By ROBERT PIERCE
• Leader & Times
The Seward County Landfill has moved to a new phase in installing a Flexible Membrane Liner in Cell 2 of its facility.
Landfill supervisor Mike Tabor said the compacted soil liner which goes underneath the FML is now being installed after commissioners gave the OK last month to that phase.
Now, landfill officials have prepared a request for proposal and submitted it to several area contracting companies who have experience and expertise to the project.
Tabor said the project requires a large amount of oversight and testing of seams and material strength and certification sent to the Kansas Department of Health and Environment for approval prior to placement of waste.
Tabor added that due to tight schedules, the landfill was set to receive proposals back on May 28 for review, and he will bring the results of those proposals to the county commission tonight for recommendation and approval.
“Following the compacted soil phase, we will immediately be moving into installation of the FML liner on top of the compacted clay,” Tabor said. “It is imperative that the FML be installed at the completion of the compacted soil liner project to avoid deterioration of the compacted liner by any weather events.”
The FML for the project was purchased in 2009, when Tabor said prices for plastic had gone down.
“That makes this part of the project much less costly at this point,” he said. “By doing the advance purchase, we saved over $100,000 in costs compared to what the liner is today. The RFP for that project will involve installation of the liner and geonet cover only.”
Tabor said completion of this phase will enable the landfill to have five to eight years additional space before the next phase will need to be done, completing construction on Cell 2.
“We received proposals for installation of the FML,” he said. “The proposals were requested in several segments – the mobilization cost, installation of the FML, installation of geonet and installation of leachate pipe.”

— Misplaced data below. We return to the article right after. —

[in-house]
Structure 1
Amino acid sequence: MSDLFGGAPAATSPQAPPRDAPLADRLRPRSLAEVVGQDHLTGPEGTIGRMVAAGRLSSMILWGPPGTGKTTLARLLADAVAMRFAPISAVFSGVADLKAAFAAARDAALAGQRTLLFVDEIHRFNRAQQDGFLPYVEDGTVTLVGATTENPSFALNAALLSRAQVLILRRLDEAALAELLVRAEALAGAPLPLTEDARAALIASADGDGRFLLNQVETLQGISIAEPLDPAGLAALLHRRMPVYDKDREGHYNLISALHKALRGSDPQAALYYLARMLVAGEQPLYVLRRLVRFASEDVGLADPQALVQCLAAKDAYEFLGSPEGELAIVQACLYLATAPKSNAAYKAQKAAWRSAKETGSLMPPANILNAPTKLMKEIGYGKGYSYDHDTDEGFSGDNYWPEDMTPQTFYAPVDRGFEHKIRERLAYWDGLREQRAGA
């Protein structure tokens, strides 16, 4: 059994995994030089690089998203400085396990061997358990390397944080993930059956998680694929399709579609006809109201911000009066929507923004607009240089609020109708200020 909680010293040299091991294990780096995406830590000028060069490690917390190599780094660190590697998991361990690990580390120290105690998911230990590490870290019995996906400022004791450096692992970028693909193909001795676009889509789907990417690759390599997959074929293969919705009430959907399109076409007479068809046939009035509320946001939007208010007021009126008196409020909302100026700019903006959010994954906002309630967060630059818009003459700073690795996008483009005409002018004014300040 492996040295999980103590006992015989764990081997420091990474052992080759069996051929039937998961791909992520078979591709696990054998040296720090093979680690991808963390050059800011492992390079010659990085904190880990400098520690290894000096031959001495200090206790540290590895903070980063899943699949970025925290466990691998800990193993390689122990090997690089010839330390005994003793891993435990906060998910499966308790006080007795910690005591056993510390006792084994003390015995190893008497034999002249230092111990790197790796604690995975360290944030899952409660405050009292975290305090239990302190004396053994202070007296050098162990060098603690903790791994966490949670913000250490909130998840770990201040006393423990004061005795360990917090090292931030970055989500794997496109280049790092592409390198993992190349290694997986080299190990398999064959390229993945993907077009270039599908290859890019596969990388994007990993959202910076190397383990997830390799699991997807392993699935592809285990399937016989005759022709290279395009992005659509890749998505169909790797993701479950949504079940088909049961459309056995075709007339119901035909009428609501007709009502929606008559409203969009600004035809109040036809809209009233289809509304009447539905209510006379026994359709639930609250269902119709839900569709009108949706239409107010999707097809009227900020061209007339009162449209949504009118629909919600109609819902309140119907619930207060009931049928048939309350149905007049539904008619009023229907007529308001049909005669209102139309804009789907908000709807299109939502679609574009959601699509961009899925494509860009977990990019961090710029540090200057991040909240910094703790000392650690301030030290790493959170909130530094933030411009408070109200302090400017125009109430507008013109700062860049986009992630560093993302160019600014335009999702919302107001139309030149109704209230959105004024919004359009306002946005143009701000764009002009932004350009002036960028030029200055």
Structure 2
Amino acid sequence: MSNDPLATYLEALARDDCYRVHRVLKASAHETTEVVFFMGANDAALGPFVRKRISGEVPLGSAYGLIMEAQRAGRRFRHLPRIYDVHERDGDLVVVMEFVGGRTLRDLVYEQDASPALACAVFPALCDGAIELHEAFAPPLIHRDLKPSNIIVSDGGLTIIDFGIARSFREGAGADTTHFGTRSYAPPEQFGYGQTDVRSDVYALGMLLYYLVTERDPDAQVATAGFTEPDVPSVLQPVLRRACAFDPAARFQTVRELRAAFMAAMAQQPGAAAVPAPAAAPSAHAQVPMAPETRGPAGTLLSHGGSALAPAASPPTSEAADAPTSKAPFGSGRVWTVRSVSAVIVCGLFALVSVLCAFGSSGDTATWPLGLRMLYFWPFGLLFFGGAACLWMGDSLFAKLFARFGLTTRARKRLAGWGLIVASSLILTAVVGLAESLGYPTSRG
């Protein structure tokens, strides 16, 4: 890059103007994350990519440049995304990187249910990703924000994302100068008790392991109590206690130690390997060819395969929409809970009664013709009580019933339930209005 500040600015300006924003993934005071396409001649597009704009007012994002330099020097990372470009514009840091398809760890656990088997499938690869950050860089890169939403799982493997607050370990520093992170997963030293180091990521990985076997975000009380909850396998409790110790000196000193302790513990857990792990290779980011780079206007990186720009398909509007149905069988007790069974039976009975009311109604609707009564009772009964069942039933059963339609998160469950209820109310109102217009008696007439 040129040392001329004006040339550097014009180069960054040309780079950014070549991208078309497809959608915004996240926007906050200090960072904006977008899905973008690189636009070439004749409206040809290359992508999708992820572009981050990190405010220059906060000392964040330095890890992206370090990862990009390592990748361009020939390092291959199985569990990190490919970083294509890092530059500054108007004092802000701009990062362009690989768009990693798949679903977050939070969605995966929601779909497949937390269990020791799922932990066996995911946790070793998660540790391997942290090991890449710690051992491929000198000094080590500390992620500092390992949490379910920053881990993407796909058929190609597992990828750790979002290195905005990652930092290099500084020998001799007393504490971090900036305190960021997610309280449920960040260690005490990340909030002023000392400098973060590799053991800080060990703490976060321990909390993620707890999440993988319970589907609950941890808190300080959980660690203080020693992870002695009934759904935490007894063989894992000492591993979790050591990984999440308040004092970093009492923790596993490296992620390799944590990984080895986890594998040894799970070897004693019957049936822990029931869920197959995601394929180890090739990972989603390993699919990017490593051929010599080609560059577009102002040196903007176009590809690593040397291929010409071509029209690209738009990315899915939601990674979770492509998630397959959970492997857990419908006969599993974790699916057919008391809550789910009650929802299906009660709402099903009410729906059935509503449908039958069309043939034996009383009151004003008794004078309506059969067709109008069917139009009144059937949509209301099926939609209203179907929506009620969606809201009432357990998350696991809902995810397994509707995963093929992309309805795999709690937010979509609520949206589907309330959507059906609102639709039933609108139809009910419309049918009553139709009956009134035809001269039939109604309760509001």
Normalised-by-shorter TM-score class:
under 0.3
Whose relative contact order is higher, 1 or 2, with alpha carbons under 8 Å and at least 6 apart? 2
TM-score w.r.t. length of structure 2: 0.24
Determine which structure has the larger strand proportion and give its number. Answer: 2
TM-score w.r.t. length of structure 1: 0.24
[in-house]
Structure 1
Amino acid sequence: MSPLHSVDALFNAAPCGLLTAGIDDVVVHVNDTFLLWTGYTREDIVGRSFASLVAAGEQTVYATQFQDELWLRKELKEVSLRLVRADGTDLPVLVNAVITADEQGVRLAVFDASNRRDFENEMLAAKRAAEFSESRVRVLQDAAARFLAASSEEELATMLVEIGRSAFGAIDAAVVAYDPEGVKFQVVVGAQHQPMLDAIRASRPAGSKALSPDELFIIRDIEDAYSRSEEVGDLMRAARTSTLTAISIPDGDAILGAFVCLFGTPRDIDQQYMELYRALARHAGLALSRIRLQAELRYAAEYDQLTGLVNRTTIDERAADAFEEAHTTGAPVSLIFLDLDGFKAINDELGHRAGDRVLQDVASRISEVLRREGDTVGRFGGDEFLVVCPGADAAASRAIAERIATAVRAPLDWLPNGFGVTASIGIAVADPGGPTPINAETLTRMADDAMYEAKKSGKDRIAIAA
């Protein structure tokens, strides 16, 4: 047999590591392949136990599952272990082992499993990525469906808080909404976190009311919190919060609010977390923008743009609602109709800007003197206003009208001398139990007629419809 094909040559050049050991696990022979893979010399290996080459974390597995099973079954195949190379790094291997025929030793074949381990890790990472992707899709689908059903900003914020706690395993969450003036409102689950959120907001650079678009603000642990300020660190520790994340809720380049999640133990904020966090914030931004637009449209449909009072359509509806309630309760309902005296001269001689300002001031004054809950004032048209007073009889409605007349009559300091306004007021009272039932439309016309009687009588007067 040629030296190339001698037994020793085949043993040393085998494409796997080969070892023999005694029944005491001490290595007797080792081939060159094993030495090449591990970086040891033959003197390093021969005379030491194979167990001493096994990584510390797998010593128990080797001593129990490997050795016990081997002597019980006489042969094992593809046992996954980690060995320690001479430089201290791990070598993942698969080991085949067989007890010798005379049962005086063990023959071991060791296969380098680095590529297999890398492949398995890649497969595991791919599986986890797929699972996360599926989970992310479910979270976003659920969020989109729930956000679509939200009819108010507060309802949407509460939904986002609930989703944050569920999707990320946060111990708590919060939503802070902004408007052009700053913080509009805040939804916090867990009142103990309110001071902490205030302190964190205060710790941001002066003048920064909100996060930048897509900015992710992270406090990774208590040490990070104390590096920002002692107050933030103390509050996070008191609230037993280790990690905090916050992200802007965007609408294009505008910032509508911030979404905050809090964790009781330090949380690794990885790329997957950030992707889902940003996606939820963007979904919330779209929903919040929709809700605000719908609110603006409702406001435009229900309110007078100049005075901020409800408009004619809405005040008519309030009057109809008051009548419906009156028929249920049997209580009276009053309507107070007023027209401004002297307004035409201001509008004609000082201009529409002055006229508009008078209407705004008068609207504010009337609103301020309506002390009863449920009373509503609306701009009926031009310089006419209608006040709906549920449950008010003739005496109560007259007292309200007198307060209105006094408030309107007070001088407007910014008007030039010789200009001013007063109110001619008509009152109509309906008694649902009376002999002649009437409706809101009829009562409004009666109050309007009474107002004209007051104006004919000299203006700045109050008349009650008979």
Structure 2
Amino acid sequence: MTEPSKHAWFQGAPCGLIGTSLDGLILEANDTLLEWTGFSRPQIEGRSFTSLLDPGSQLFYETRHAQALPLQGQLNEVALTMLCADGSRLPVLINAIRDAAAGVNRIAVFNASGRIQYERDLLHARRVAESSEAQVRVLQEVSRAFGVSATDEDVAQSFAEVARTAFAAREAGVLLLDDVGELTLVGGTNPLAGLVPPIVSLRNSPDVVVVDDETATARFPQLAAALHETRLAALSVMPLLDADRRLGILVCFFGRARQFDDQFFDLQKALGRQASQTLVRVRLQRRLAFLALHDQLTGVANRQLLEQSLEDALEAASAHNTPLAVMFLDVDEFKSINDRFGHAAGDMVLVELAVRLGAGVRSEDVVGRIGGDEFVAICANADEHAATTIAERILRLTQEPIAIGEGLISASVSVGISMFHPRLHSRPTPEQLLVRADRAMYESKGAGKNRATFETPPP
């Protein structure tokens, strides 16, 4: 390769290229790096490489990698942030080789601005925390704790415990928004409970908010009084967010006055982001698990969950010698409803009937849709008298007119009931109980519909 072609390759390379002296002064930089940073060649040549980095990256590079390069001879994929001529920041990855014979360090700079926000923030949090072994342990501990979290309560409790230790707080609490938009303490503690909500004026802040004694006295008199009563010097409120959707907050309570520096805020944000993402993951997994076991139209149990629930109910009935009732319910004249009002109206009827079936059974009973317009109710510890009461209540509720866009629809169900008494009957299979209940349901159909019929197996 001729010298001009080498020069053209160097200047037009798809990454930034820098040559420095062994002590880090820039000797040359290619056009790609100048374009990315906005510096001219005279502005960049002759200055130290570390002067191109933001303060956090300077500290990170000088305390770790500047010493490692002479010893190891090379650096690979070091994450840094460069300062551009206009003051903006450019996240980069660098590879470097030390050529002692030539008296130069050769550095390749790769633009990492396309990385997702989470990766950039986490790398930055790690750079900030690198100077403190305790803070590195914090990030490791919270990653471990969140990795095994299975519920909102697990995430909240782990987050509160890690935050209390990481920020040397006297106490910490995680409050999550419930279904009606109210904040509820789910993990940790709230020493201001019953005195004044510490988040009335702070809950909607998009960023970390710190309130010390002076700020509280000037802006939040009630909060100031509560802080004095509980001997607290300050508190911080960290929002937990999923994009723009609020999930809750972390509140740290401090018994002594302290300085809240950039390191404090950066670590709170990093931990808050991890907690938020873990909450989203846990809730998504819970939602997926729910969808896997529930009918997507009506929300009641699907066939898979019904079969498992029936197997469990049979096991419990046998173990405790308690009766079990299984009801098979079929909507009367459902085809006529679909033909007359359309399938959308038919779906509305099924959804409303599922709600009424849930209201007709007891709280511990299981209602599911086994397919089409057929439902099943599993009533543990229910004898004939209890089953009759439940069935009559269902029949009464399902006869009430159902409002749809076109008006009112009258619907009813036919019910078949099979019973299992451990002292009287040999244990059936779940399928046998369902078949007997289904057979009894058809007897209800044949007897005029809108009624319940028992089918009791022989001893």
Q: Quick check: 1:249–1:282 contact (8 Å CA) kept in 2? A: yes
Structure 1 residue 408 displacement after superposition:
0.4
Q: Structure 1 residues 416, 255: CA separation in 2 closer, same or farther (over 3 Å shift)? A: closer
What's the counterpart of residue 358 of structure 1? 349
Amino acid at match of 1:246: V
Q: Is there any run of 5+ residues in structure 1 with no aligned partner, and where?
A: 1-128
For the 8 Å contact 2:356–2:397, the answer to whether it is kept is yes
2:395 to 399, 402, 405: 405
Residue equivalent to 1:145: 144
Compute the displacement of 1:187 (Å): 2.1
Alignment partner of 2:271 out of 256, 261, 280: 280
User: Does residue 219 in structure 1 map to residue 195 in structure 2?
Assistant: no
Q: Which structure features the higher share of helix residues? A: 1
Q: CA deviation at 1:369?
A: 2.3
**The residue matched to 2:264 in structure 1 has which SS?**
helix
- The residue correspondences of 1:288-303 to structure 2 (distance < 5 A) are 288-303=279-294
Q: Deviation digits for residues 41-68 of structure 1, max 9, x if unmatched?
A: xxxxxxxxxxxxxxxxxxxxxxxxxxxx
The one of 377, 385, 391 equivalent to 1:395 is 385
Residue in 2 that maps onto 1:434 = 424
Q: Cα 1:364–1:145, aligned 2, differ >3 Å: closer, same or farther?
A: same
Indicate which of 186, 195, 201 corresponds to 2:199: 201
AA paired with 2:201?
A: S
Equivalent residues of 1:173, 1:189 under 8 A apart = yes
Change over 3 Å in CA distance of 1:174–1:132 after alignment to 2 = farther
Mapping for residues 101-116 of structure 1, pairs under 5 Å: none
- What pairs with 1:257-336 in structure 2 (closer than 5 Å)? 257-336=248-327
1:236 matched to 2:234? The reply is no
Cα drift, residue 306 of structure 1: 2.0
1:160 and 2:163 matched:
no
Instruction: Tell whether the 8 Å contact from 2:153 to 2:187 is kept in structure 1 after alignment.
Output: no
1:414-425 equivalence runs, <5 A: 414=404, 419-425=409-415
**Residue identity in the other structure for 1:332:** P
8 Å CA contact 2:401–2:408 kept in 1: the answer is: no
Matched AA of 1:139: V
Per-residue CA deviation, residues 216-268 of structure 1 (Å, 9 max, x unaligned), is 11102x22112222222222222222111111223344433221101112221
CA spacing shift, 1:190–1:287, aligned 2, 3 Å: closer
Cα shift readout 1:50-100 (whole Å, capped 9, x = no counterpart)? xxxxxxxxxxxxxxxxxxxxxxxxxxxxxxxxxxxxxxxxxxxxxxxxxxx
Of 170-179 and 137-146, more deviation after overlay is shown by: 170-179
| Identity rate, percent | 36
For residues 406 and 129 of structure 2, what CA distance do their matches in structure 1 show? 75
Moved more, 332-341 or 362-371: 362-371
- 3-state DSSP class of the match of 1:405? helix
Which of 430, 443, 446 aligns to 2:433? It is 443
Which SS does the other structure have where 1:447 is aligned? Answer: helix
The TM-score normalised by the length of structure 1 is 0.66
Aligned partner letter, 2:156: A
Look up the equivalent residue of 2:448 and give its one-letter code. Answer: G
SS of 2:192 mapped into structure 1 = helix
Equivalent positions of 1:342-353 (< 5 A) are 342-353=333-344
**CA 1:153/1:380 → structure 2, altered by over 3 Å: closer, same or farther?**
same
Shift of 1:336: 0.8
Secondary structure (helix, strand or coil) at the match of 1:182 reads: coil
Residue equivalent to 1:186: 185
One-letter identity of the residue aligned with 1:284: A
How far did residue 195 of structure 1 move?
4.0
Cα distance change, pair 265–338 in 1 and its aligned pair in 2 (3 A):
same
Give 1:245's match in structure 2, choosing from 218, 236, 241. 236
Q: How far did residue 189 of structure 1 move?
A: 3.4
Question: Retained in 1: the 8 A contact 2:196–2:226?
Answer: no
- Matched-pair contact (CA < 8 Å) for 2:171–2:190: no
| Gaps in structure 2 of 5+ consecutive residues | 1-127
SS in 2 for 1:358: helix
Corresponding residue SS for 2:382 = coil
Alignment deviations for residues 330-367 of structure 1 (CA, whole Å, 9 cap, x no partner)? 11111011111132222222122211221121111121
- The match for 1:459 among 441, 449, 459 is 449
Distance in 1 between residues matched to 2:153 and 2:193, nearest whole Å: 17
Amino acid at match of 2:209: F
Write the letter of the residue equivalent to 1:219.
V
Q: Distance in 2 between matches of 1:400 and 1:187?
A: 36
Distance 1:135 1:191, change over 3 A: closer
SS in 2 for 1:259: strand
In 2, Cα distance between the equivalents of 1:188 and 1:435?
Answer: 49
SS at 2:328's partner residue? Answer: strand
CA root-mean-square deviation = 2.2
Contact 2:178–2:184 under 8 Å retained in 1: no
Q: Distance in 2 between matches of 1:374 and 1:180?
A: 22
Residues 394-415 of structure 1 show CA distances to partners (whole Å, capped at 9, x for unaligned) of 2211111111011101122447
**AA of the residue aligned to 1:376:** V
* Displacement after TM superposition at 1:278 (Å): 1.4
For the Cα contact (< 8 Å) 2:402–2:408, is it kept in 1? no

Because of the location of the companies bidding on the project, mobilization projects varied, but the cost of installation on both the FML and geonet were within 5 percent of each other.
“The leachate pipe installed varied a little,” Tabor said.
The landfill supervisor said the key factor in the bid is experience and the time frame to start and install.
“While there is about $7,000 difference in the total bid, this is somewhat misleading as to what amount of work we will do on the leachate pipe install,” he said. “We will be assisting with gravel placement to some extent. So that price could vary to some extent.”
Tabor said of the two companies that bid, Environmental Specialties International, a Louisiana-based company, has installed the previous seven liner phases at the landfill.
“They also sold us the liner material at a significant discounted price when we purchased it,” he said. “MidAmerica Liner Company has supplied us several references where they have done large projects, but they have done work for us previous to this.”
Therefore, based on previous installs and experience, Tabor is recommending the approval of the prices in the Environmental Specialties International.
“The reason for the unit price approval is because all of the quantities in the base proposal will change once the project is completed and companies are paid on installed units,” he said.
The ESI bid came in at around $84,000, and if approved, the money for the project will come from the landfill’s capital improvement plan line item budget.
The county commission meeting is scheduled to begin at 5:30 p.m. today in the commission chambers in the Seward County Administration Building.
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